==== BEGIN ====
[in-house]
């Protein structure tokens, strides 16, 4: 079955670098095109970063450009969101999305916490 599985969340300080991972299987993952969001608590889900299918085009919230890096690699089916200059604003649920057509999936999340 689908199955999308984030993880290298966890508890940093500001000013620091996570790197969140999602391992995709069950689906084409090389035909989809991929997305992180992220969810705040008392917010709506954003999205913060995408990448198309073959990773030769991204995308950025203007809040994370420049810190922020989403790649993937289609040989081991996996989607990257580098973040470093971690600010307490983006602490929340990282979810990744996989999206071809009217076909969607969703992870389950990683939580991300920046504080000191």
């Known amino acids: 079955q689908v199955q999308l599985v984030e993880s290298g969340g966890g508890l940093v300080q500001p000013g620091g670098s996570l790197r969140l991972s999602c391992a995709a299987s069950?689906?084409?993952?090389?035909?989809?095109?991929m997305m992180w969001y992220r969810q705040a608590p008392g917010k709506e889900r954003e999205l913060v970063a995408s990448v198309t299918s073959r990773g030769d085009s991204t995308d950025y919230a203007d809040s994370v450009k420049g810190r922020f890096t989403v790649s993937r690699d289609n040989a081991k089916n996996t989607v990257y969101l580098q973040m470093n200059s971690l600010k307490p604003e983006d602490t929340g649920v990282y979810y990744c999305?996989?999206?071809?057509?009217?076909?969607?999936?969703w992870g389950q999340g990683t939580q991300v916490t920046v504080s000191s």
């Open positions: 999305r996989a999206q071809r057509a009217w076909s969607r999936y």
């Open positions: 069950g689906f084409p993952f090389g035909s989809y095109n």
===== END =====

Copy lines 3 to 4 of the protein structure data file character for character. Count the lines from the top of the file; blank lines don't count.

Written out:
């Known amino acids: 079955q689908v199955q999308l599985v984030e993880s290298g969340g966890g508890l940093v300080q500001p000013g620091g670098s996570l790197r969140l991972s999602c391992a995709a299987s069950?689906?084409?993952?090389?035909?989809?095109?991929m997305m992180w969001y992220r969810q705040a608590p008392g917010k709506e889900r954003e999205l913060v970063a995408s990448v198309t299918s073959r990773g030769d085009s991204t995308d950025y919230a203007d809040s994370v450009k420049g810190r922020f890096t989403v790649s993937r690699d289609n040989a081991k089916n996996t989607v990257y969101l580098q973040m470093n200059s971690l600010k307490p604003e983006d602490t929340g649920v990282y979810y990744c999305?996989?999206?071809?057509?009217?076909?969607?999936?969703w992870g389950q999340g990683t939580q991300v916490t920046v504080s000191s």
């Open positions: 999305r996989a999206q071809r057509a009217w076909s969607r999936y």